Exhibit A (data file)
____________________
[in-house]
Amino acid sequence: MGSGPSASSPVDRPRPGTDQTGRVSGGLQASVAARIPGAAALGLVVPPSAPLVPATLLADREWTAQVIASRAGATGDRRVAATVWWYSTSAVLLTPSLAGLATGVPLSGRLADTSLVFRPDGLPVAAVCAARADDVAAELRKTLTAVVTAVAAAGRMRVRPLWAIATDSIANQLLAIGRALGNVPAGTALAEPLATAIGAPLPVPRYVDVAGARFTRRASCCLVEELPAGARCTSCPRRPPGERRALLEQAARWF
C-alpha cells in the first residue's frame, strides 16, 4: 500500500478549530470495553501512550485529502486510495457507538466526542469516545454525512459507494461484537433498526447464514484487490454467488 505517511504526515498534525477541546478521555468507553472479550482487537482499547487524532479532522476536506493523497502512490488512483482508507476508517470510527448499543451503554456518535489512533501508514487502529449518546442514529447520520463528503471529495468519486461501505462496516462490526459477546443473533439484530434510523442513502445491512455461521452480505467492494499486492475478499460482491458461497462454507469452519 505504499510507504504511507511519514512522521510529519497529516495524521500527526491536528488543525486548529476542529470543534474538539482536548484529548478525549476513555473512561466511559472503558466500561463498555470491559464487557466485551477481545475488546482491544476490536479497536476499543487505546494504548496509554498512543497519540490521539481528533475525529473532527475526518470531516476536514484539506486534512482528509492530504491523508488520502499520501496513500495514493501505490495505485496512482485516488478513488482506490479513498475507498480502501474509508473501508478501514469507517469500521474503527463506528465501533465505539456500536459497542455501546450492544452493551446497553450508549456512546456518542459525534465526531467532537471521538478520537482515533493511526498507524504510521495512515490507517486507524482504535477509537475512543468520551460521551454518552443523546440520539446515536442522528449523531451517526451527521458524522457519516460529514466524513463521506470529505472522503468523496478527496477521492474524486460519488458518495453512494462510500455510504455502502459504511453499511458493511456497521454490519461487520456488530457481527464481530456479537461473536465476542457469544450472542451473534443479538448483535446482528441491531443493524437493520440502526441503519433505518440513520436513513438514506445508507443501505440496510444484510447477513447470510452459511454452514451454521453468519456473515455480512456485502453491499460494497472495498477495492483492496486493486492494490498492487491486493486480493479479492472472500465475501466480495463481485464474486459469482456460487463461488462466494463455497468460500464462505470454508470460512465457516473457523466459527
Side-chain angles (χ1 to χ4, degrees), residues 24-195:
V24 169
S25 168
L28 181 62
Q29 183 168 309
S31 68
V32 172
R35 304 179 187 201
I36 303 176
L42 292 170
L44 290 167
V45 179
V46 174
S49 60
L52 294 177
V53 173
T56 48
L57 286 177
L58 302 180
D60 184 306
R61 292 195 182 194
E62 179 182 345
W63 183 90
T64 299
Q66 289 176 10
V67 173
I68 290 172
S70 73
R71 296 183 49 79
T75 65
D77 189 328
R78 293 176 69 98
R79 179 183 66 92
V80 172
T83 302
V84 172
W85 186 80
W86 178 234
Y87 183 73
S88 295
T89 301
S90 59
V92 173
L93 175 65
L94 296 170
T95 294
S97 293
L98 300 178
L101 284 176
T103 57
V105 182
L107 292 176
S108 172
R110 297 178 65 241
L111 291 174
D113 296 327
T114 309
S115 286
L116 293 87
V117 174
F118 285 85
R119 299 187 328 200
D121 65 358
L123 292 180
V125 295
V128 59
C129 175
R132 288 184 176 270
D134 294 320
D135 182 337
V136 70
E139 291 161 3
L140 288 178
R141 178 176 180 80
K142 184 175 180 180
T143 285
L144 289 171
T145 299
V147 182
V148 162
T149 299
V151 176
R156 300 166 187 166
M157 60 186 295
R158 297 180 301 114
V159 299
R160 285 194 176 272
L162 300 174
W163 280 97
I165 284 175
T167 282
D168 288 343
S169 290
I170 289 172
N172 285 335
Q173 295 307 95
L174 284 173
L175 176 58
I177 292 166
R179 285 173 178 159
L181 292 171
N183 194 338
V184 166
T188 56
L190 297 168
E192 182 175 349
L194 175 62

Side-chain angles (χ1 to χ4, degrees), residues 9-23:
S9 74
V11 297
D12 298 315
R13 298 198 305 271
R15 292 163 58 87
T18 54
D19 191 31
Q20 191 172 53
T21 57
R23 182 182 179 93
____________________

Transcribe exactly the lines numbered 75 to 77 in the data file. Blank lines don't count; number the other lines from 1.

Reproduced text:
E139 291 161 3
L140 288 178
R141 178 176 180 80